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Probe spurs Guard shuffle

The Maryland National Guard's top general has stripped his senior Army recruiter of his command and disciplined 13 additional soldiers after an internal investigation found members of the recruiting battalion misappropriated $40,000 in training funds and, in at least two cases, signed up soldiers who were ineligible to serve.

Officials said yesterday that the accusations of impropriety in recruiting efforts were first raised in December. The Guard launched an internal investigation immediately but found little to substantiate the initial allegations involving the mistreatment of new recruits, according to Guard spokesman 1st Lt. Wayde Minami.

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But as more accusations poured in, including fraternization between officers and enlisted personnel, the Guard quickly launched a second investigation. The lieutenant colonel in charge of that probe found merit in some of those claims and discovered additional wrongdoing independently.

"It saddens and disappoints me to report that while many of the allegations were unsubstantiated, a number of improprieties were uncovered," Major General Bruce F. Tuxill, the head of the Maryland National Guard, wrote in an e-mail yesterday to the roughly 7,000 members.

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The violations included soldiers who were supposed to take leave to attend training but instead spent at least part of the time doing something else, Minami said. The spokesman would not describe in detail what other activities the soldiers did but said that they would be responsible for reimbursing the guard $40,000 for improperly filed travel expenses.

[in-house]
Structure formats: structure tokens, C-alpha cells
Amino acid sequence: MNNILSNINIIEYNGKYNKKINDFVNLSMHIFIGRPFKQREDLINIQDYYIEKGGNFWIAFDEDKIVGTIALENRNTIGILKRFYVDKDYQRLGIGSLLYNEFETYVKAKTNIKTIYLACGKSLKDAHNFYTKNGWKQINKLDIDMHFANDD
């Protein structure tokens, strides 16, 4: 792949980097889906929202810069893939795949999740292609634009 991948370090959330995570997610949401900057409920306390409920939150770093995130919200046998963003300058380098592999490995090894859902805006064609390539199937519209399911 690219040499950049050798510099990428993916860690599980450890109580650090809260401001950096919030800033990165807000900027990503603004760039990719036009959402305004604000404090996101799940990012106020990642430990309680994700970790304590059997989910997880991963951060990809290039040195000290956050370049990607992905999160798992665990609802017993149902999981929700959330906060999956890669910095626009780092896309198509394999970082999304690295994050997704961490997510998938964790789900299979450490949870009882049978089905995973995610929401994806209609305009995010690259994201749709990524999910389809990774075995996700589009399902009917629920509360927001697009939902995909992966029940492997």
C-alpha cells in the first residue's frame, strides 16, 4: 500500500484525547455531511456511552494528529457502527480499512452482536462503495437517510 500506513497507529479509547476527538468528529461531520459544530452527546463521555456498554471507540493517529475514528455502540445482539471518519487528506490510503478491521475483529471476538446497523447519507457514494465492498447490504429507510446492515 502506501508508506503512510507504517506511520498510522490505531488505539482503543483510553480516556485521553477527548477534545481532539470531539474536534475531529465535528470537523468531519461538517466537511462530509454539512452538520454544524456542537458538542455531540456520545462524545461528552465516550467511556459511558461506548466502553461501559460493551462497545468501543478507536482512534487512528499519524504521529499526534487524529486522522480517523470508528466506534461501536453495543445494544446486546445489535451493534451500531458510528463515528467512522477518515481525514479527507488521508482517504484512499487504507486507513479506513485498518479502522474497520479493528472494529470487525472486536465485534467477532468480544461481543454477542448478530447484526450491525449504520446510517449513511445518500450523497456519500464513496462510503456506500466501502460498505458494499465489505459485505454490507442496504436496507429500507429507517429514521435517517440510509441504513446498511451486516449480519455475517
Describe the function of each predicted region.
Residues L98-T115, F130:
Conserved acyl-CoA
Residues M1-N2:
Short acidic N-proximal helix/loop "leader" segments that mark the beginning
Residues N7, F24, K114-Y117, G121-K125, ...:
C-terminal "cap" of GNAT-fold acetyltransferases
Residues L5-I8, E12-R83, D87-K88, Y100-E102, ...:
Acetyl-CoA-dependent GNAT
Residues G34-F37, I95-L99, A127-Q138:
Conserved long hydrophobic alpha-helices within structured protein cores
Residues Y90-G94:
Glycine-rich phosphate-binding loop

The investigative report, which has not been publicly released, made recommendations that included the option of lodging criminal charges against soldiers, Minami said. Tuxill, the state's adjutant general, instead chose to mete out administrative punishments.

In addition to removing Maj. Travis Rambert from his post overseeing the 100-member recruiting operation, Tuxill ordered letters of reprimand for seven others and moved 10 of the 13 soldiers out of the recruiting battalion altogether. One noncommissioned officer was demoted and discharged from the Guard.

Most of the punished guardsmen worked at the Fifth Regiment Armory in Baltimore and the armory in Ellicott City. Rambert took over the battalion in October.

When asked why more guardsmen weren't fired or anyone charged criminally, Tuxill said in an interview yesterday that he believed the accused soldiers would be able to beat any charges lodged against them.

"We feel very strongly that administratively, I can do more than getting in a fistfight. Administrative remedies are much more effective," the general said.

His spokesman said in a separate interview that "when you kick them out, that's a whole order of magnitude different from being fired from a civilian job." Minami added that the loss of command and reprimand letters are sufficient and "will have a negative effect on their careers."

The Guard defended its overall recruiting operation, saying that its goals have been met and even exceeded in some cases. Corruption among recruiters, Tuxill said, was not systemic.

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"The scope here is less than 10 percent of our total recruiting force," the general said.

But Minami also said the Guard's ability to attract new soldiers and retain the ones it has could be affected.

"It may have a short-term impact as the organization is going through a very traumatic experience," he said. "In the long term, it's only going help to recruit and retain people. It shows that we had these problems and we've taken care of it. It shows that we have integrity, that we're going to do the right thing.

"We don't cover things up in the Maryland National Guard. We take care of it."

Top officials blamed the problems in large part on the ability of soldiers to stay within the recruiting division for almost their entire careers. That practice will now end.